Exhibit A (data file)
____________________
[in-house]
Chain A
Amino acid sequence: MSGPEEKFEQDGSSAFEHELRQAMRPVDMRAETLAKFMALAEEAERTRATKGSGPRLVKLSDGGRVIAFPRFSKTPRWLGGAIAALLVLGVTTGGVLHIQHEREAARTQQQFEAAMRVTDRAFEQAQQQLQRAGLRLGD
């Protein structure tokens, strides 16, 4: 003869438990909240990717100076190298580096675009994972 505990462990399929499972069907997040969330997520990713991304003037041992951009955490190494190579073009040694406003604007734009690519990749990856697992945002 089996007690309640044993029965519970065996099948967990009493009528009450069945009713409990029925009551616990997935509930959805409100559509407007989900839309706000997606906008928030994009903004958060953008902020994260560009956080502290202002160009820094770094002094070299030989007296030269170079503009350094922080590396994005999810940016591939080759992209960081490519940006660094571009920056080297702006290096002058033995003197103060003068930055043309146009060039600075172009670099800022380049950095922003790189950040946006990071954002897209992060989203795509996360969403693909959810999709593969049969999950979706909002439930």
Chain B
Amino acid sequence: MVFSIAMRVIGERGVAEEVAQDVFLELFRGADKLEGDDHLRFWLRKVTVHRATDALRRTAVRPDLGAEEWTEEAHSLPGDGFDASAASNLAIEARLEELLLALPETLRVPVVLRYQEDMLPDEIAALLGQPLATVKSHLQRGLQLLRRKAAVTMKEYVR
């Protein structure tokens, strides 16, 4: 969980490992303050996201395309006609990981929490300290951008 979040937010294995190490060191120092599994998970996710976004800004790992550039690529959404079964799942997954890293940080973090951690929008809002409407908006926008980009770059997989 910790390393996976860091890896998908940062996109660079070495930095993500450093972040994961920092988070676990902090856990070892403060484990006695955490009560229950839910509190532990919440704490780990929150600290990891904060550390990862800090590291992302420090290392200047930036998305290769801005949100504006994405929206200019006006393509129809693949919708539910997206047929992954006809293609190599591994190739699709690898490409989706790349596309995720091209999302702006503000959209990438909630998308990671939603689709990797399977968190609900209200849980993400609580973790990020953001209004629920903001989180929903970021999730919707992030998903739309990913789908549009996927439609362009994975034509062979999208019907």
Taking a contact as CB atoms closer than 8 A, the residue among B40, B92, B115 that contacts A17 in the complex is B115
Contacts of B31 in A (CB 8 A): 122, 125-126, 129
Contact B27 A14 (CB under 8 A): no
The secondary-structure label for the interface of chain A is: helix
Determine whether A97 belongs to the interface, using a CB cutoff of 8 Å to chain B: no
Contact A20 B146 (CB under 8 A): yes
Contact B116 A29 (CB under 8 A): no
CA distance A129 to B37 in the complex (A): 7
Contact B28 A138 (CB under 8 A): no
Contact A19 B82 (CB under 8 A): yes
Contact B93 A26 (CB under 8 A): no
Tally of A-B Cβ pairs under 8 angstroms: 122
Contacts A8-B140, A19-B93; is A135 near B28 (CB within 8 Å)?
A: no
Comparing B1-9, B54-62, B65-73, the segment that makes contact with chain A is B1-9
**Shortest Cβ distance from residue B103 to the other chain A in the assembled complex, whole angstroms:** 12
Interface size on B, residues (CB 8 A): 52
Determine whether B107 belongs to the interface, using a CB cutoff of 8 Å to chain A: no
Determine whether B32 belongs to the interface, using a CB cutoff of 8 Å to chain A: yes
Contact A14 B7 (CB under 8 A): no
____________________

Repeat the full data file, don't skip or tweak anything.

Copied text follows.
[in-house]
Chain A
Amino acid sequence: MSGPEEKFEQDGSSAFEHELRQAMRPVDMRAETLAKFMALAEEAERTRATKGSGPRLVKLSDGGRVIAFPRFSKTPRWLGGAIAALLVLGVTTGGVLHIQHEREAARTQQQFEAAMRVTDRAFEQAQQQLQRAGLRLGD
């Protein structure tokens, strides 16, 4: 003869438990909240990717100076190298580096675009994972 505990462990399929499972069907997040969330997520990713991304003037041992951009955490190494190579073009040694406003604007734009690519990749990856697992945002 089996007690309640044993029965519970065996099948967990009493009528009450069945009713409990029925009551616990997935509930959805409100559509407007989900839309706000997606906008928030994009903004958060953008902020994260560009956080502290202002160009820094770094002094070299030989007296030269170079503009350094922080590396994005999810940016591939080759992209960081490519940006660094571009920056080297702006290096002058033995003197103060003068930055043309146009060039600075172009670099800022380049950095922003790189950040946006990071954002897209992060989203795509996360969403693909959810999709593969049969999950979706909002439930």
Chain B
Amino acid sequence: MVFSIAMRVIGERGVAEEVAQDVFLELFRGADKLEGDDHLRFWLRKVTVHRATDALRRTAVRPDLGAEEWTEEAHSLPGDGFDASAASNLAIEARLEELLLALPETLRVPVVLRYQEDMLPDEIAALLGQPLATVKSHLQRGLQLLRRKAAVTMKEYVR
């Protein structure tokens, strides 16, 4: 969980490992303050996201395309006609990981929490300290951008 979040937010294995190490060191120092599994998970996710976004800004790992550039690529959404079964799942997954890293940080973090951690929008809002409407908006926008980009770059997989 910790390393996976860091890896998908940062996109660079070495930095993500450093972040994961920092988070676990902090856990070892403060484990006695955490009560229950839910509190532990919440704490780990929150600290990891904060550390990862800090590291992302420090290392200047930036998305290769801005949100504006994405929206200019006006393509129809693949919708539910997206047929992954006809293609190599591994190739699709690898490409989706790349596309995720091209999302702006503000959209990438909630998308990671939603689709990797399977968190609900209200849980993400609580973790990020953001209004629920903001989180929903970021999730919707992030998903739309990913789908549009996927439609362009994975034509062979999208019907």
Taking a contact as CB atoms closer than 8 A, the residue among B40, B92, B115 that contacts A17 in the complex is B115
Contacts of B31 in A (CB 8 A): 122, 125-126, 129
Contact B27 A14 (CB under 8 A): no
The secondary-structure label for the interface of chain A is: helix
Determine whether A97 belongs to the interface, using a CB cutoff of 8 Å to chain B: no
Contact A20 B146 (CB under 8 A): yes
Contact B116 A29 (CB under 8 A): no
CA distance A129 to B37 in the complex (A): 7
Contact B28 A138 (CB under 8 A): no
Contact A19 B82 (CB under 8 A): yes
Contact B93 A26 (CB under 8 A): no
Tally of A-B Cβ pairs under 8 angstroms: 122
Contacts A8-B140, A19-B93; is A135 near B28 (CB within 8 Å)?
A: no
Comparing B1-9, B54-62, B65-73, the segment that makes contact with chain A is B1-9
**Shortest Cβ distance from residue B103 to the other chain A in the assembled complex, whole angstroms:** 12
Interface size on B, residues (CB 8 A): 52
Determine whether B107 belongs to the interface, using a CB cutoff of 8 Å to chain A: no
Determine whether B32 belongs to the interface, using a CB cutoff of 8 Å to chain A: yes
Contact A14 B7 (CB under 8 A): no